Many adult insects are attracted to lights, especially black lights, so checking lighted windows at night or looking around street lights can result in many interesting specimens. Of course biting flies, most of which are aquatic, can be collected from one's person as they attempt to feed using forceps or a pooter.
It is useful to make notes in a field note book describing the method of sampling and the sample location. Things like time, weather, water and air temperature, and other measurements if taken, and biological and habitat observations can all provide valuable information for future reference. Photographs of the habitat also provide useful information.
The alcohol should be changed about 24 to 48 hours after sampling to ensure the specimens will be thoroughly preserved and not start decomposing. If the jar has a large number of specimens or large specimens in it the alcohol may have to be changed a number of times to ensure proper preservation.
The next step is to sort the specimens into groups and begin to identify and study them. Small vials (2 to 3 drams in size) are ideal for storing sorted insects. Screw capped vials with plastic inner seals or neoprene/rubber stoppered vials work well. (Corks should not be used as they inevitably allow the alcohol to evaporate.) The sorted insects are preserved in 70% alcohol so they will not become brittle. A label of the location, collection date and name of collector is included in each of the vials with the name of the specimen if it has been identified.
Alcohol is a good all purpose preservative for most aquatic insects, although there are many, some extremely vile, concoctions that have been devised for particular groups. Ethyl alcohol (ethanol) seems to be a better bug preserver than isopropyl (proponal). (Note: All alcohols should be used in a well ventilated area to avoid inhaling the fumes. Methanol should NOT be used for health issues.) All alcohols cause colours to fade which makes it less than perfect for some groups such as adult dragonflies and damselflies. Also, adult mosquitoes and moths have their wings covered in scales which will wash off in alcohol so these groups should never be placed in liquid. For these groups pinning is a better way of preserving the specimens. The captured specimens are placed in a killing jar (This is an air tight jar that has absorbent material in the bottom with a small amount of ethyl acetate (finger nail polish remover) poured on it.) until they die. Another killing option is to place the insect sample in a freezer over night to kill them. Once killed the insects are sorted and an insect pin is placed through the thorax using a pinning block and then is placed (positioned if needed) on a styrofoam board until dry. A label is attached to the pinned specimen for reference.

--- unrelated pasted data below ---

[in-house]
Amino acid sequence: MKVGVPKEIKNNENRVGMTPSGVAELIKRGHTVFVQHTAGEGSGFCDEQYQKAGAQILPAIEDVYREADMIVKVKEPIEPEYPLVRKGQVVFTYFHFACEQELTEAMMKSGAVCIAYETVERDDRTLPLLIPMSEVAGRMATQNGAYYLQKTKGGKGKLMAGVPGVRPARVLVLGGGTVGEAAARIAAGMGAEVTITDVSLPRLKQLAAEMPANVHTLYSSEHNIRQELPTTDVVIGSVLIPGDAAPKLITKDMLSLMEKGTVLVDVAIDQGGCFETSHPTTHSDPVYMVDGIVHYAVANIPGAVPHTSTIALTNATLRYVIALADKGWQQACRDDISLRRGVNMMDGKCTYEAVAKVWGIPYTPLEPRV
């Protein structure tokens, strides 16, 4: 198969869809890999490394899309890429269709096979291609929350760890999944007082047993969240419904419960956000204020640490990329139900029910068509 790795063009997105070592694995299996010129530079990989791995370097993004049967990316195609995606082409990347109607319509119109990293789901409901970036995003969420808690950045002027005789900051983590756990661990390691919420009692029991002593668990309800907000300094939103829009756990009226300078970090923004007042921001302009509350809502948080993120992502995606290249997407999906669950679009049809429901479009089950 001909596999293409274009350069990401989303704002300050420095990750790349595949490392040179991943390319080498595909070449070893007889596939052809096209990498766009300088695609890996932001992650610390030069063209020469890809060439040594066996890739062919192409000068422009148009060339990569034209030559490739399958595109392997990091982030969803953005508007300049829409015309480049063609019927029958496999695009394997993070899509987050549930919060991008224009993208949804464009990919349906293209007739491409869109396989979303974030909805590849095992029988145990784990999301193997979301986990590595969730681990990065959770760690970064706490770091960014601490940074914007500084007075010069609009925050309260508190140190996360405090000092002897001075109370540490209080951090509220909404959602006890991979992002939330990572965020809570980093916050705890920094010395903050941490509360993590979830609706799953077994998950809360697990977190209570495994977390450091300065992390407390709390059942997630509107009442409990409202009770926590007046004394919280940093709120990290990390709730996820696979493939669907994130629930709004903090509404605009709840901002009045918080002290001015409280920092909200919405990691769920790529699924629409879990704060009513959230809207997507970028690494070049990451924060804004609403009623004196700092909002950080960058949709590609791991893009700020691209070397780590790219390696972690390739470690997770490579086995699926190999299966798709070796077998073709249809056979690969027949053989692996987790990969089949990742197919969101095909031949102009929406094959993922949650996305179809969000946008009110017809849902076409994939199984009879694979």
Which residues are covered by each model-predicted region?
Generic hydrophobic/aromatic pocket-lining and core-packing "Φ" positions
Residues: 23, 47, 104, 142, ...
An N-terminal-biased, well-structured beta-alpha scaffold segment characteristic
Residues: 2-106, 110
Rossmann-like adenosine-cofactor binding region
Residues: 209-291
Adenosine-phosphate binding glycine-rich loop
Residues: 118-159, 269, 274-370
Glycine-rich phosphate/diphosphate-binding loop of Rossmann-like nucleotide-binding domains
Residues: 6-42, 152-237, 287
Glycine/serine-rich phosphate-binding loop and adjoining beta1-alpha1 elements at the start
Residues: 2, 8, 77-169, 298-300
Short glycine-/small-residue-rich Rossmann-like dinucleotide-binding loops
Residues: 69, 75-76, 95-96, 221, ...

No matter what method of preservation used the collections should be examined periodically to ensure the alcohol has not evaporated from the vials and that pinned specimens have not be infested with dermestid beetles which can reduce a pinned collection to dust in short order.
Taxonomic Rearing: A very worthwhile and rewarding activity is the "rearing" of immature insects. Only a small percentage of aquatic insects in the province can be identified to species in the larval stage so they have to be associated with the adult stage to be identified.
For this procedure mature larvae, or pupae, are collected and kept alive in a container of water; (one specimen/container). Rearing containers can be simple as plastic beverage cups with a loose fitting lid or pill bottles to more elaborate trays with mesh sided cages and aerators to provide oxygen and current to the larvae. Each group of aquatic insects requires different rearing conditions to successfully complete their life cycles. For some groups the larvae may need to be fed. With luck the larva will develop to maturity and the adult insect will emerge. The larval and pupal skins and the adult stage can then be preserved together and become a valuable record of the association as in the image to the left which has the larval and pupal skins along with the reared adult male.
Identifying many aquatic insects can be done with the unaided eye or a simple 10X hand lens. However, for most identifications lower than order or family some form of low powered microscope is very useful. A stereoscopic dissecting microscope capable of magnifications of 7 to 40 times is ideal for this type of work. (Microscopes are also great things to climb and perch on!!!) For most groups no elaborate specimen preparation is needed but other groups require special dissections and mounting on microscope slides to study them under high magnifications with the aid of a compound microscope.
Order and some family level identifications are relatively easy to do with some practise and a good guidebook. However, the majority of genus and species identifications require a great deal of experience and often a substantial library to do with accuracy.